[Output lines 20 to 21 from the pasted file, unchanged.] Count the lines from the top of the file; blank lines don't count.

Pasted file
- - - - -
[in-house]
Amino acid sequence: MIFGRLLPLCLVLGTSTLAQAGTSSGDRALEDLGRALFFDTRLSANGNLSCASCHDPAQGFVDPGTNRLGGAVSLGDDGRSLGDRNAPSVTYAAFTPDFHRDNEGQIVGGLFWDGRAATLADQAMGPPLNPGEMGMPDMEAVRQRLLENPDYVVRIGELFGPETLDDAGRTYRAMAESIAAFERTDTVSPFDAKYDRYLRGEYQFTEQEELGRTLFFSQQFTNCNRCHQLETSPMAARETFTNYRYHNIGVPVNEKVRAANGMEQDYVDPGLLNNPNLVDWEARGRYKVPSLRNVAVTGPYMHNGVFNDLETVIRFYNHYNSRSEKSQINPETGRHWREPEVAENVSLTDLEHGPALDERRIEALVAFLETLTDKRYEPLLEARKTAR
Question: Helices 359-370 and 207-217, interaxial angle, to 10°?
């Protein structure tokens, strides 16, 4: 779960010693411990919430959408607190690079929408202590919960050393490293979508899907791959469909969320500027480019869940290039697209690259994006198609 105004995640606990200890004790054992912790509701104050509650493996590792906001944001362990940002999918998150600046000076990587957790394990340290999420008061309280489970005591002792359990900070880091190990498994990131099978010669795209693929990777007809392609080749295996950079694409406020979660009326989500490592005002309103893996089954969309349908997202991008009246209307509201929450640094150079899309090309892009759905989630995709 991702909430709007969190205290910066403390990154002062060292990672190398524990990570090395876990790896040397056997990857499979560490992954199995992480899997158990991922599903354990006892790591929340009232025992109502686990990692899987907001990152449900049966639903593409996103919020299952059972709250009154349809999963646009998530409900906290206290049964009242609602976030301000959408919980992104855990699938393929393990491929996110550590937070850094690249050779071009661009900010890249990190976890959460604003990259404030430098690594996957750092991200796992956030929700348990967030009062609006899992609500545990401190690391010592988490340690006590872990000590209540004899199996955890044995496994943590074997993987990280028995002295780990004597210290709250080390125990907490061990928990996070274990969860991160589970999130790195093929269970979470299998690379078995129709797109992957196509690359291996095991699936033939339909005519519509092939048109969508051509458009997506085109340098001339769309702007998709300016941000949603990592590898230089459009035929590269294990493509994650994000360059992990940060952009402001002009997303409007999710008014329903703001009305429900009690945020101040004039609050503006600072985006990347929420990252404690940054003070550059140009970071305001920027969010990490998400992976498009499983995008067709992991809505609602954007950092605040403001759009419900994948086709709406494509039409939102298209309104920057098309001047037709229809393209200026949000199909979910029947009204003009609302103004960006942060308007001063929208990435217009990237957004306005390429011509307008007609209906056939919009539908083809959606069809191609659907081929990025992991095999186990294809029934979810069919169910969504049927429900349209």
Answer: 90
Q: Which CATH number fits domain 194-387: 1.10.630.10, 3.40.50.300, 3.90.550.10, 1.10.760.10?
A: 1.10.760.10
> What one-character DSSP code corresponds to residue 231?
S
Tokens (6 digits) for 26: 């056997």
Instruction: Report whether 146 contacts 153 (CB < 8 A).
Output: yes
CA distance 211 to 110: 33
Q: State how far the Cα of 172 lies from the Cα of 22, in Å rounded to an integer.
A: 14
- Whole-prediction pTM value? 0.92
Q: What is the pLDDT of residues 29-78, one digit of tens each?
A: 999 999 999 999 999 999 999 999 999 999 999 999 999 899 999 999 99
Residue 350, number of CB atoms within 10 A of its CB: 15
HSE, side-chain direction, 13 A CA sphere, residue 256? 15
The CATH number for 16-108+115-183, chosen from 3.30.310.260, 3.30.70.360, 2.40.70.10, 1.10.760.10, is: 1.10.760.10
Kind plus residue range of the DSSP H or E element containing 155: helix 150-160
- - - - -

HSE, side-chain direction, 13 A CA sphere, residue 256? 15
The CATH number for 16-108+115-183, chosen from 3.30.310.260, 3.30.70.360, 2.40.70.10, 1.10.760.10, is: 1.10.760.10